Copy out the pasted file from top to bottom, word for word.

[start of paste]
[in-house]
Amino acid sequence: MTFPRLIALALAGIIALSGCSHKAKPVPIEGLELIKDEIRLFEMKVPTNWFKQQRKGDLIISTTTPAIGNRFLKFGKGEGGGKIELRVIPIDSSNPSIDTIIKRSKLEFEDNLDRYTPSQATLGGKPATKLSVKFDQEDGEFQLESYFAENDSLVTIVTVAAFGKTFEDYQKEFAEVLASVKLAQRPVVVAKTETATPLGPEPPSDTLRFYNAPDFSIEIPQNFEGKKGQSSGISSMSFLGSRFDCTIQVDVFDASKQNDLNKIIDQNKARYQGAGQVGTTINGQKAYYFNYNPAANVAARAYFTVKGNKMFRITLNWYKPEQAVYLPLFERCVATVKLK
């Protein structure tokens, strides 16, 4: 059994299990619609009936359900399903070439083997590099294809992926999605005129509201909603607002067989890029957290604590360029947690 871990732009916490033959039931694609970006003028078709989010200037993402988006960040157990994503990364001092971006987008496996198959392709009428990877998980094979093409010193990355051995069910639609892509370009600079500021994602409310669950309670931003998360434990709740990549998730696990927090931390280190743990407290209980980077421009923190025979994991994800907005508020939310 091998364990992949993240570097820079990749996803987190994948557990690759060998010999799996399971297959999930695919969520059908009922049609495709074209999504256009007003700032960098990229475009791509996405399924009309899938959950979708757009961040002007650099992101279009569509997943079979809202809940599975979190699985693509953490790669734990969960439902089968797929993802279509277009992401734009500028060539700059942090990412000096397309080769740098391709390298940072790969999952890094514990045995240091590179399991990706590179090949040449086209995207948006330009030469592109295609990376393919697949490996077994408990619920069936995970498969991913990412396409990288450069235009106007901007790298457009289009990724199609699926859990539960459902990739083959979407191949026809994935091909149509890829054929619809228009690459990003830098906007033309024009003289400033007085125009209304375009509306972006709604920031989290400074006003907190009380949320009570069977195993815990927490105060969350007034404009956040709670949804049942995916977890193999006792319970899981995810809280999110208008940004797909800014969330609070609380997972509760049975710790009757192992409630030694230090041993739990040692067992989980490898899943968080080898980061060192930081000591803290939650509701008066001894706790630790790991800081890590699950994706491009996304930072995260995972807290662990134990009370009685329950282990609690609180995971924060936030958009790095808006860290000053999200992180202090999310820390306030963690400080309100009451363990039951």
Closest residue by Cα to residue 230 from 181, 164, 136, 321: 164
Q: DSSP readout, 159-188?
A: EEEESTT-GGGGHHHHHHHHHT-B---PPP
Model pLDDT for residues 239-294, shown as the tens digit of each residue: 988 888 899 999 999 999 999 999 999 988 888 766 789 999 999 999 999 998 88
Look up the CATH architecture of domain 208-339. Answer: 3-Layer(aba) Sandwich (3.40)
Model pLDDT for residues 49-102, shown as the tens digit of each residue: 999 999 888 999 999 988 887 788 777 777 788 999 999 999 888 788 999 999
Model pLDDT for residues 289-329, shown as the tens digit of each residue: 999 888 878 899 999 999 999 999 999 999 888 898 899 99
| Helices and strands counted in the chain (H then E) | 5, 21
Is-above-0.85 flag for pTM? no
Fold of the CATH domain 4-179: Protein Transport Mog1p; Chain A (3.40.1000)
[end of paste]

[in-house]
Amino acid sequence: MTFPRLIALALAGIIALSGCSHKAKPVPIEGLELIKDEIRLFEMKVPTNWFKQQRKGDLIISTTTPAIGNRFLKFGKGEGGGKIELRVIPIDSSNPSIDTIIKRSKLEFEDNLDRYTPSQATLGGKPATKLSVKFDQEDGEFQLESYFAENDSLVTIVTVAAFGKTFEDYQKEFAEVLASVKLAQRPVVVAKTETATPLGPEPPSDTLRFYNAPDFSIEIPQNFEGKKGQSSGISSMSFLGSRFDCTIQVDVFDASKQNDLNKIIDQNKARYQGAGQVGTTINGQKAYYFNYNPAANVAARAYFTVKGNKMFRITLNWYKPEQAVYLPLFERCVATVKLK
């Protein structure tokens, strides 16, 4: 059994299990619609009936359900399903070439083997590099294809992926999605005129509201909603607002067989890029957290604590360029947690 871990732009916490033959039931694609970006003028078709989010200037993402988006960040157990994503990364001092971006987008496996198959392709009428990877998980094979093409010193990355051995069910639609892509370009600079500021994602409310669950309670931003998360434990709740990549998730696990927090931390280190743990407290209980980077421009923190025979994991994800907005508020939310 091998364990992949993240570097820079990749996803987190994948557990690759060998010999799996399971297959999930695919969520059908009922049609495709074209999504256009007003700032960098990229475009791509996405399924009309899938959950979708757009961040002007650099992101279009569509997943079979809202809940599975979190699985693509953490790669734990969960439902089968797929993802279509277009992401734009500028060539700059942090990412000096397309080769740098391709390298940072790969999952890094514990045995240091590179399991990706590179090949040449086209995207948006330009030469592109295609990376393919697949490996077994408990619920069936995970498969991913990412396409990288450069235009106007901007790298457009289009990724199609699926859990539960459902990739083959979407191949026809994935091909149509890829054929619809228009690459990003830098906007033309024009003289400033007085125009209304375009509306972006709604920031989290400074006003907190009380949320009570069977195993815990927490105060969350007034404009956040709670949804049942995916977890193999006792319970899981995810809280999110208008940004797909800014969330609070609380997972509760049975710790009757192992409630030694230090041993739990040692067992989980490898899943968080080898980061060192930081000591803290939650509701008066001894706790630790790991800081890590699950994706491009996304930072995260995972807290662990134990009370009685329950282990609690609180995971924060936030958009790095808006860290000053999200992180202090999310820390306030963690400080309100009451363990039951």
Closest residue by Cα to residue 230 from 181, 164, 136, 321: 164
Q: DSSP readout, 159-188?
A: EEEESTT-GGGGHHHHHHHHHT-B---PPP
Model pLDDT for residues 239-294, shown as the tens digit of each residue: 988 888 899 999 999 999 999 999 999 988 888 766 789 999 999 999 999 998 88
Look up the CATH architecture of domain 208-339. Answer: 3-Layer(aba) Sandwich (3.40)
Model pLDDT for residues 49-102, shown as the tens digit of each residue: 999 999 888 999 999 988 887 788 777 777 788 999 999 999 888 788 999 999
Model pLDDT for residues 289-329, shown as the tens digit of each residue: 999 888 878 899 999 999 999 999 999 999 888 898 899 99
| Helices and strands counted in the chain (H then E) | 5, 21
Is-above-0.85 flag for pTM? no
Fold of the CATH domain 4-179: Protein Transport Mog1p; Chain A (3.40.1000)